Not all motorcycle accidents involve a collision or contact crash. However, the driver of an automobile could be held responsible for the property damage and injuries to the motorcyclist even if their automobile didn’t come in contact with the motorcyclist or the motorcycle. The main issue with a no-contact motorcycle accident is negligence.
Negligence in No-Contact Motorcycle Accidents
The four main elements of negligence include duty, breach of the duty, causation, and damage. Negligence is failing to employ reasonable or justifiable care. If a sensible or sound individual would have acted in a specific way and then failed to do so and caused the accident, then that individual was negligent. Conversely, if that individual didn’t act in a specific way, acting in such a way could likewise be deemed negligent.
The Elements of No-Contact Motorcycle Accidents
Let’s say you’re riding your motorcycle and you’re parallel to a car, then the car suddenly switches lanes and moves in front of you. You then brake urgently, flipping over your handlebars, landing on the street, and causing injury and damage to your motorcycle. In this scenario, the driver is clearly negligent since they changed lanes suddenly without proper warning. If the driver had been mindful of their surroundings, they would have seen you and avoided cutting in front of you.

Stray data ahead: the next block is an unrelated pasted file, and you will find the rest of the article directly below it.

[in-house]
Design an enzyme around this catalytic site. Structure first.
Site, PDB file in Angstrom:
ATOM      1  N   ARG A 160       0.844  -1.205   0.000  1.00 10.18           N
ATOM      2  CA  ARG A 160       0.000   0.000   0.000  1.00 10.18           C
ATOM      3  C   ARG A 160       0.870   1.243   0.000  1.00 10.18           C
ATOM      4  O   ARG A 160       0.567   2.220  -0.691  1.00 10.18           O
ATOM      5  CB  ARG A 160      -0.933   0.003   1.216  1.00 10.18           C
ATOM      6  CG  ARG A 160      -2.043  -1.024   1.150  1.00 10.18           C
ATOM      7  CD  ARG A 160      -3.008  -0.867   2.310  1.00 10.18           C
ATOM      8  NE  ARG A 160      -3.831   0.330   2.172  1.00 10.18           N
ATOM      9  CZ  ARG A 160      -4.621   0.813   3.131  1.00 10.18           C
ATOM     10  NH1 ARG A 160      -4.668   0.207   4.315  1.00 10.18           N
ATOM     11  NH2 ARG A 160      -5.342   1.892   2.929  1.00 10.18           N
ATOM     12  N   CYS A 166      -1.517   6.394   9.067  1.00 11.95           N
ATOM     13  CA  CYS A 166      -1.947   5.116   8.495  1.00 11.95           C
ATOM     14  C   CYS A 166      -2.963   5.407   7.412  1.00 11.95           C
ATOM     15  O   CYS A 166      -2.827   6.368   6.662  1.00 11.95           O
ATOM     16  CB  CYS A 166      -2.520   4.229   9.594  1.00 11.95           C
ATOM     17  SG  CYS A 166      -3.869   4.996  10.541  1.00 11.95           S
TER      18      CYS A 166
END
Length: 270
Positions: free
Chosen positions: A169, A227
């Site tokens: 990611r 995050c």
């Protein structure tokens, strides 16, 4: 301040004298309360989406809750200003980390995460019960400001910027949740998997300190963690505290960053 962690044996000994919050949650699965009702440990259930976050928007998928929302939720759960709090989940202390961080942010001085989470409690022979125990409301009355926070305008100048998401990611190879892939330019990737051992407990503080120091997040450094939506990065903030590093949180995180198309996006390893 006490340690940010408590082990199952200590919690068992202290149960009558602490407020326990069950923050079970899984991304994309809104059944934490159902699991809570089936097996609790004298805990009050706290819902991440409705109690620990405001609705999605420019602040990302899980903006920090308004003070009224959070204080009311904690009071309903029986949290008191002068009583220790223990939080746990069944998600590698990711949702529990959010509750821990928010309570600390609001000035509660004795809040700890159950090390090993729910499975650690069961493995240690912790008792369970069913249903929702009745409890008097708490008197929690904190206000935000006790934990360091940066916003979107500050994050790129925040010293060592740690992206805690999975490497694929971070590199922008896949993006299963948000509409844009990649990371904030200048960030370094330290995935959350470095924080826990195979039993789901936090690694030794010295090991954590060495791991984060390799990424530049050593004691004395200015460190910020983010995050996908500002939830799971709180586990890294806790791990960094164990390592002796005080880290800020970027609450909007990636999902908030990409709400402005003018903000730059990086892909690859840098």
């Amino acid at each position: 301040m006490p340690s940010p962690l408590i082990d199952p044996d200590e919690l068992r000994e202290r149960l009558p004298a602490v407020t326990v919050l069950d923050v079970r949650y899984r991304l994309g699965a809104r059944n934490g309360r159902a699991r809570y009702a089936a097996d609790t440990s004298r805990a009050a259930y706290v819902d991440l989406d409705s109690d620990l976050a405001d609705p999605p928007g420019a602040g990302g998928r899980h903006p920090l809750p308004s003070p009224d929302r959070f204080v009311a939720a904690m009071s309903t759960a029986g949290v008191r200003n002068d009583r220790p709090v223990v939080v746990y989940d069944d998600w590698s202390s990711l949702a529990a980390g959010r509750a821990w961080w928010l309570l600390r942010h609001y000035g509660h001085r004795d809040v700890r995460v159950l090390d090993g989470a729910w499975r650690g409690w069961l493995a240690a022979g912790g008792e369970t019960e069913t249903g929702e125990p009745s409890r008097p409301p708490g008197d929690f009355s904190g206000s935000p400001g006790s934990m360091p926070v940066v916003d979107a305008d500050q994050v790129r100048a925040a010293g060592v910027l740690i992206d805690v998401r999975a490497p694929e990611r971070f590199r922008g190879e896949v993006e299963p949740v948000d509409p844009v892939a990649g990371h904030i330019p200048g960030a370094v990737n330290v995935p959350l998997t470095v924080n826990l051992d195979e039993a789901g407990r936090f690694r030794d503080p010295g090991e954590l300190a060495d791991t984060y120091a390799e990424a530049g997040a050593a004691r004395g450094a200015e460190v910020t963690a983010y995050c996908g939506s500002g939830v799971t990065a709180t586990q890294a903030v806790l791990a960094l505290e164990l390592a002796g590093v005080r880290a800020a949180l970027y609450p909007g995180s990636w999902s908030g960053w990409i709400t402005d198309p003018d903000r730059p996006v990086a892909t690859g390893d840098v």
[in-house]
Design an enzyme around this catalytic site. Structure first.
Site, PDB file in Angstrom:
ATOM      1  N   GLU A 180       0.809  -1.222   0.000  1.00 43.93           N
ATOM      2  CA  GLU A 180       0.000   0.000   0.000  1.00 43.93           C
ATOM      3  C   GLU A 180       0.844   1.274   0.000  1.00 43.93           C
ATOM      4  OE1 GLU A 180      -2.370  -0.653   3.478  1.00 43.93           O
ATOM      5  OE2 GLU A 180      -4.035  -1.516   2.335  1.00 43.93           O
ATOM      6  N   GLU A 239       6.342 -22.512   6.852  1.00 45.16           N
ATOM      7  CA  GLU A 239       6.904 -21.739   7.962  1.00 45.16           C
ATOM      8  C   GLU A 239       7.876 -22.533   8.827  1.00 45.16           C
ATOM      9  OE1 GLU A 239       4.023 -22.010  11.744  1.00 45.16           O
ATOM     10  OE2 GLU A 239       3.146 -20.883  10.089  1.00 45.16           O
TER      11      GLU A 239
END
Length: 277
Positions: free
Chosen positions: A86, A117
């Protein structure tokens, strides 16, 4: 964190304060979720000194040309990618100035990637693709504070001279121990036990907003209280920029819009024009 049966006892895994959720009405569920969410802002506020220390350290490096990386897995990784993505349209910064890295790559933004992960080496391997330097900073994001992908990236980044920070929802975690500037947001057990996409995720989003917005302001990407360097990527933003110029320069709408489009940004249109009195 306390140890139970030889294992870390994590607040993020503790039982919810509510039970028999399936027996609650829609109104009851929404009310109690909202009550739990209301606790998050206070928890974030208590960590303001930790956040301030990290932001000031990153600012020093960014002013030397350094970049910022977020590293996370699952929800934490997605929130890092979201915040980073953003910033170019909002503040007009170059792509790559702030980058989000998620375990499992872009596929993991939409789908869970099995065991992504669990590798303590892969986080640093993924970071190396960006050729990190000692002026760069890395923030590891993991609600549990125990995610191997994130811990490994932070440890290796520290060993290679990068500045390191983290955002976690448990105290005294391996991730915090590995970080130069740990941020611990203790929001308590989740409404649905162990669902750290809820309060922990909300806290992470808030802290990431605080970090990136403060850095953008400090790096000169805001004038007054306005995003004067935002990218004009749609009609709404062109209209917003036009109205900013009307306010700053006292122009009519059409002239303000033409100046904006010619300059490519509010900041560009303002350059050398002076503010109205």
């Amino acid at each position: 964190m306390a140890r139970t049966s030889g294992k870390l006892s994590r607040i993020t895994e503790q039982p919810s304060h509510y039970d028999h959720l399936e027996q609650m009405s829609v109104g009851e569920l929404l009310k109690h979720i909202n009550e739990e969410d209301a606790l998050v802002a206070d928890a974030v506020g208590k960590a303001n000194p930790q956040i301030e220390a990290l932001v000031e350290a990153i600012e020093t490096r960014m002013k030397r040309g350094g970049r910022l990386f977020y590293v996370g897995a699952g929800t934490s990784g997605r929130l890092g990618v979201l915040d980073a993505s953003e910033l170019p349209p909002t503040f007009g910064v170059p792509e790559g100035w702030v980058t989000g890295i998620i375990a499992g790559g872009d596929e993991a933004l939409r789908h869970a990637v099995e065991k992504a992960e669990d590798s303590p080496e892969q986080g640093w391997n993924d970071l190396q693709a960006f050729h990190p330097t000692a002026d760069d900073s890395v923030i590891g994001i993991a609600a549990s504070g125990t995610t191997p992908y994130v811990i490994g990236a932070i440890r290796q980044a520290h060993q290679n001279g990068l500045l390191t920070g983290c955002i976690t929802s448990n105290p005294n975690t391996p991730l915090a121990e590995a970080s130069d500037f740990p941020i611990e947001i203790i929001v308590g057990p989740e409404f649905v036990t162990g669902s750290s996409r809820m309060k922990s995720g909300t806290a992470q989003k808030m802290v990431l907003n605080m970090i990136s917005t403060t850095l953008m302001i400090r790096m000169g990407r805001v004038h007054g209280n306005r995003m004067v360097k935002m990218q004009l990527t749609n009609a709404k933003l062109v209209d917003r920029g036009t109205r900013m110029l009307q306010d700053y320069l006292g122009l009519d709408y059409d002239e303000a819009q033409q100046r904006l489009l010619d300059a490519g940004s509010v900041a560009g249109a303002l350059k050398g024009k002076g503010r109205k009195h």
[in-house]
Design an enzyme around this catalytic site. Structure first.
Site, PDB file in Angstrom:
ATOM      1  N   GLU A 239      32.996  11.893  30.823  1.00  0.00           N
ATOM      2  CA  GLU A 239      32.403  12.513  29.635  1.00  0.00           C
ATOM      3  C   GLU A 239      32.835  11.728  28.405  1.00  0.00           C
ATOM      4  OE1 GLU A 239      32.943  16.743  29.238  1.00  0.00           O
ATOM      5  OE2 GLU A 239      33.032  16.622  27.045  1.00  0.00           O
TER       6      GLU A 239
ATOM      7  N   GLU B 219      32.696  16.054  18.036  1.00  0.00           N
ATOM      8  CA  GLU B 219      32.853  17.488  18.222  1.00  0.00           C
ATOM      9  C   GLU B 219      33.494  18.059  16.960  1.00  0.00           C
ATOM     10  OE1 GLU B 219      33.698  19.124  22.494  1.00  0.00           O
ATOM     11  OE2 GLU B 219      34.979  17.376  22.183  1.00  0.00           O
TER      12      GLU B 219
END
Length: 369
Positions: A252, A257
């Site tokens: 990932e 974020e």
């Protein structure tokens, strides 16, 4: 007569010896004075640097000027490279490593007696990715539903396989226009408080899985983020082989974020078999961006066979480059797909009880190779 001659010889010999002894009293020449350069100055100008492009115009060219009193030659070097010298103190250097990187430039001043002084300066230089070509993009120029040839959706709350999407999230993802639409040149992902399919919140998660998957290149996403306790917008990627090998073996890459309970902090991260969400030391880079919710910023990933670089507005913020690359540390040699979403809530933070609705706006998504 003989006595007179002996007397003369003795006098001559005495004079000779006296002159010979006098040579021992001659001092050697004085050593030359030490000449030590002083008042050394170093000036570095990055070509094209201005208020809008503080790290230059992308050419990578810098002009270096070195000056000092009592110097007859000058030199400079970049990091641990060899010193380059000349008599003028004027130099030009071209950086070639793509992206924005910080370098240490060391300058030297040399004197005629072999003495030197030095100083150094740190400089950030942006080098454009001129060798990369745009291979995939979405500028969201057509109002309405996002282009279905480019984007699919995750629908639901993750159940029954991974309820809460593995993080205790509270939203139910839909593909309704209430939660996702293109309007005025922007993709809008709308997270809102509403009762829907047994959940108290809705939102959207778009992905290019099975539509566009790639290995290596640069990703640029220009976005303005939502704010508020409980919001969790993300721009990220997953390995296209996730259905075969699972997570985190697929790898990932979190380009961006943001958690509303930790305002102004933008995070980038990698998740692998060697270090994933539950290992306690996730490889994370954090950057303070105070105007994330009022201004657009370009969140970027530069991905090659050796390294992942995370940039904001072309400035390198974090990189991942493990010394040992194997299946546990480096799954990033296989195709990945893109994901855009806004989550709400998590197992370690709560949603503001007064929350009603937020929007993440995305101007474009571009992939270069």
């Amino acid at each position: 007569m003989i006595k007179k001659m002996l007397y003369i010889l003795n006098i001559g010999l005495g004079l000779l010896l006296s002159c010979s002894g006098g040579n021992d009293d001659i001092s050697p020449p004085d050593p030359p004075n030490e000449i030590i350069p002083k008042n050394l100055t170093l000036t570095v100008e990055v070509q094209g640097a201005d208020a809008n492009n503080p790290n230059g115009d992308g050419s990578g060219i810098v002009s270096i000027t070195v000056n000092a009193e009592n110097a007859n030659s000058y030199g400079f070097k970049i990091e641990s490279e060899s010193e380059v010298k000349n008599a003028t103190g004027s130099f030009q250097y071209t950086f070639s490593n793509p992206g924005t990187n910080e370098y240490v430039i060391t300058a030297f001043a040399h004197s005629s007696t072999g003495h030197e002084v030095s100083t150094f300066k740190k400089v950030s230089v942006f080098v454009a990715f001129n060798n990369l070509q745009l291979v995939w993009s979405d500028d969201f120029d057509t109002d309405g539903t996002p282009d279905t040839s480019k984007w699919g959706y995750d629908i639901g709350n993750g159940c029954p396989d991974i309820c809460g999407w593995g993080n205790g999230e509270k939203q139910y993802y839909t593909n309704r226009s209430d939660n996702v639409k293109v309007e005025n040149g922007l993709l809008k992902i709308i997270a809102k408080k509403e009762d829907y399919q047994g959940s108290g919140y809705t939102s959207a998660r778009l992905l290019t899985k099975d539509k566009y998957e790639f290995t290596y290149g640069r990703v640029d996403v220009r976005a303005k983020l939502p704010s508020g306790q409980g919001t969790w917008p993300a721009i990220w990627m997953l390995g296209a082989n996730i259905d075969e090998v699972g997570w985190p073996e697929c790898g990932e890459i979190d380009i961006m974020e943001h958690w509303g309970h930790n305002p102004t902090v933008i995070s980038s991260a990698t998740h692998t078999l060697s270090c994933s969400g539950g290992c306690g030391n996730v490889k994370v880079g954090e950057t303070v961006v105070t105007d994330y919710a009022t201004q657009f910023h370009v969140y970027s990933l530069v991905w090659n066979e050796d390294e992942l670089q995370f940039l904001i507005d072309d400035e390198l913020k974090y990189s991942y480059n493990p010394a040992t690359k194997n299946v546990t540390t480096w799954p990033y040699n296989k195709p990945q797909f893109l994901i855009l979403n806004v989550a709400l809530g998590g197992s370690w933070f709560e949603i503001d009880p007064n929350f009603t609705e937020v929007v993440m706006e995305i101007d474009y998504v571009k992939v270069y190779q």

Another scenario would be a car moving with you (the motorcyclist) right behind. The driver suddenly got distracted by their phone ringing or by the blaring radio and failed to see that the oncoming traffic was slowing down. In an effort to prevent the car from hitting the vehicle in front of them, the driver brakes forcefully. Upon seeing the driver brake suddenly, you then steer your motorcycle to the side, toppled over, and got injured.
In the above scenario, the driver owed you a “duty of reasonable care,” but you also had a duty to be more mindful of your surroundings. In this case, halepaskalaw.com and other motorcycle injury lawyers say that you and the driver could be held equally liable for the outcome. Depending on the specific circumstances of the accident, the court might point out that you must have been more aware of your surroundings.
As you can see from the above-mentioned scenarios, you could see that no-contact motorcycle accidents are like any other type of traffic accident. This means that the main issue isn’t whether the car and motorcycle crashed into each other, but whether the motorcyclist and driver behaved negligently. Put simply, if the driver’s negligence caused you to crash your motorcycle, the driver would be held responsible even if there were no collision involved.